Tuesday, June 26, 2007

Torn between the law and low prices

Does anyone think much about the plight, the personal plight of the undocumented workers among us today?

The debate rages between two waring parties.

On one side there are those who insist on immigrants from south of our border obeying our current, very inadequate legal provisions for allowing eager immigrants to secure legal work.

On the other side are employers--large and small--who argue that we face a growing labor shortage in the U. S. that only these workers will and can fill. We all benefit from this labor supply because it keeps costs down for a growing number of consumer goods and services.

Caught in the middle are real men, women and children. All have names. All have dreams, aspirations and hopes. Each one has an unique story worth hearing.

But, we seldom hear these stories. As a consequence, we seldom pause to understand the human dimensions behind the current debate. We choose to focus on law or labor instead of the people caught in the middle.

The solution will be found when we turn our eyes toward the people. It is usually that way in life. And, in this case, there is something to be gained and won for everyone.

Take the "law and order" folks. Monica and her family need to be provided a pathway to legal residency and, if they desire it, a process that ends in citizenship. It need not be careless or swift. It should require work, sacrifice and diligence--she and her loved ones would want it no other way. But, we need to find a way to allow the law to embrace them fully, as they step up to the process.

Or, consider those who need unskilled laborers. Any reform should make it clear to employers that unfair wages--those below minimum--will not be tolerated. There is a cost of doing business and a price for the goods and services that we all use and consume. Flushing the underground labor market out into the light of day will serve everyone better. Employers or employees that don't abide by the new process should be punished, but the major responsibility should be on business, not labor.

Good people like Monica and her family should not have to live in fear. Their ambitions and hard work should be rewarded. They should abide by the system and the process that is put in place. But, they shouldn't carry the entire burden of blame for our current situation, a situation we've all helped create.

Border security should be addressed in a comprehensive fashion. That's a separate issue that must be faced and its challenges solved.

But, Monica and her family are people, people caught in between. We need to start paying more attention to her, her family and to the millions of others who have served so many of us so well for so long.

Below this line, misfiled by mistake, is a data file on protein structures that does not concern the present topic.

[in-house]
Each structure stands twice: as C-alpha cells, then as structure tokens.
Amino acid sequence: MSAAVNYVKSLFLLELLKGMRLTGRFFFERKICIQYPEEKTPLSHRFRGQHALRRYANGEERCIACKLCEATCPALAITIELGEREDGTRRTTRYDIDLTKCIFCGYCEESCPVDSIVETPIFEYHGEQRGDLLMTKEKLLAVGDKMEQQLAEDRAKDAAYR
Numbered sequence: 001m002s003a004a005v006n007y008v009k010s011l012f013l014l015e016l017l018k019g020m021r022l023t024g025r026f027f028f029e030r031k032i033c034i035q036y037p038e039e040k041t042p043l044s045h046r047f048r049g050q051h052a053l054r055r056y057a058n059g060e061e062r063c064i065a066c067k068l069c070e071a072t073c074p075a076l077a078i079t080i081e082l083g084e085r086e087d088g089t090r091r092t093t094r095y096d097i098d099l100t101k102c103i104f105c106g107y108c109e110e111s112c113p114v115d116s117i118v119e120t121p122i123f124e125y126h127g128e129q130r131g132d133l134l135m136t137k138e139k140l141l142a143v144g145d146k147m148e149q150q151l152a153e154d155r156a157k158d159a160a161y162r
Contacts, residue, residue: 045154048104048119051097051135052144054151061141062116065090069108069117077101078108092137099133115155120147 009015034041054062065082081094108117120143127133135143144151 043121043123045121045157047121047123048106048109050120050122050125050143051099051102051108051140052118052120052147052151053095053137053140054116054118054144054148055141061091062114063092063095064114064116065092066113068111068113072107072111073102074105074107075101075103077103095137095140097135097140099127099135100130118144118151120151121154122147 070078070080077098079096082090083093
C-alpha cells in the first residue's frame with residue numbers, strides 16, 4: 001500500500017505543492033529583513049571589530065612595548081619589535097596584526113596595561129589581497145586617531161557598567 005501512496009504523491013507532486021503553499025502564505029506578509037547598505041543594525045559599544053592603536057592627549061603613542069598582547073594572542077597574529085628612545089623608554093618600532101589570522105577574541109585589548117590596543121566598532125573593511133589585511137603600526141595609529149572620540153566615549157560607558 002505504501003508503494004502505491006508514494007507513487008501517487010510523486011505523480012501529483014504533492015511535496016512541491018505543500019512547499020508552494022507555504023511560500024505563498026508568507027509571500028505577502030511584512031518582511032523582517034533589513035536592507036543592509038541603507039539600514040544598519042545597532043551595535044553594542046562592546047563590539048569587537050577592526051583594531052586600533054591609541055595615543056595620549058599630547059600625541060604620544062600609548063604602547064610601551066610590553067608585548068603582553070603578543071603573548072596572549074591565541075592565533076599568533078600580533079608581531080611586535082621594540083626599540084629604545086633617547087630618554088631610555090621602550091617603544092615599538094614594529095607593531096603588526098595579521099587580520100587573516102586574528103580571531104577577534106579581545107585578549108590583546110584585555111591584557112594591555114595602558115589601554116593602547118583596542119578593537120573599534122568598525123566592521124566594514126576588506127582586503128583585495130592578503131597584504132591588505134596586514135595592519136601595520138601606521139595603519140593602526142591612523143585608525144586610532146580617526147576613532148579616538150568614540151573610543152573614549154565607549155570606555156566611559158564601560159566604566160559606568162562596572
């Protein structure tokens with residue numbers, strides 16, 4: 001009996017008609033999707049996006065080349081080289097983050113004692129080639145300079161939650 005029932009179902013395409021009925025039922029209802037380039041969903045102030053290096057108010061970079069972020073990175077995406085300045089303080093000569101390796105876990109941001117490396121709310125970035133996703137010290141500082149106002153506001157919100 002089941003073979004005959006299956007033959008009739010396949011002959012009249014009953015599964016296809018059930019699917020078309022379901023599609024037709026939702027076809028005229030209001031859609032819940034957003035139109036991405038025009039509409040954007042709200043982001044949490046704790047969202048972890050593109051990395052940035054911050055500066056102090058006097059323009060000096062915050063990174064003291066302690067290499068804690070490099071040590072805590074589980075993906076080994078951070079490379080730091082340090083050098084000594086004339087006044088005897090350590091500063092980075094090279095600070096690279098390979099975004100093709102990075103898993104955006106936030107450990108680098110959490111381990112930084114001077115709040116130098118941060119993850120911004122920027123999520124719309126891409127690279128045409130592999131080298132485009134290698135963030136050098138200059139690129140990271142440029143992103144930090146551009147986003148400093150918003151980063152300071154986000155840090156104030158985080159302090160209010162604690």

It's always about people and all people matter.



faye said...

This is an emotional issue for me, as a middle school ESL teacher, b/c we do forget that there are people in the middle, real people...a lot of the kids I teach have unbelievable responsibilities, b/c their parents work two or three jobs to stay afloat; I shudder to think of the wages they are making...and when a family member is deported, it is like a death sentence to the family, and neither party is allowed to cross the border at all. We are cultivating an interesting climate among our young immigrants and children of immigrants...They grow up feeling unwanted by the country they live in, and that's the truth. The kids don't see any of the politics; they just see racism. I wonder what politics will look like when their generation has the floor.

chris said...

I agree with you, Larry, that something should be done. I think the problem comes when the border is not secured FIRST. People like me feel that they have no real intention of securing the border. Why? Because there are laws now to secure it and it has never been done. If 12-20 million people are legalized today, then what happens to the people who stream across the border tomorrow, next week and next year? Will there be another push 5 years from now to leagalize millions more plus all their relatives they will be allowed to bring in? This has certainly been the pattern of the past. If the people now are legalized, they will and should demand higher wages. The unions will see to that. But there will be a demand for more low wage workers to replace them, that's why the border will not be secured. It's like a revolving door. Why is it so hard to understand that the water should be shut off first, then do something about the flood?

dmowen said...

To Chris:

We do secure our border. It's not exactly easy to get into the US illegally. That's why people pay thousands of dollars and risk their lives to get here, some dying in the process. As long as there are differences in economic opportunity between the US and Mexico, people will come to the US to work. Economic forces are stronger than any law enforcement action. Read Adam Smith or witness the drug trade on this point. The issue is how do we legally fill the jobs that are available. We either need to massively increase legal immigration or legalize the people that are already here, already trained, already doing those jobs. To me it seems less disruptive and more "fair" to legitimize the work that is being done by immigrants that are already here, who already have the family and community support structures.

Karen said...

I have a friend who owns a construction company and hires people from Mexico almost entirely (and he pays them quite well, I'm glad to report.) I don't know their 'legal' status. I'd asked him to hire some friends of mine who need jobs. He said his workforce is unbeatable as it is. Why? Because of their INCREDIBLE work ethic.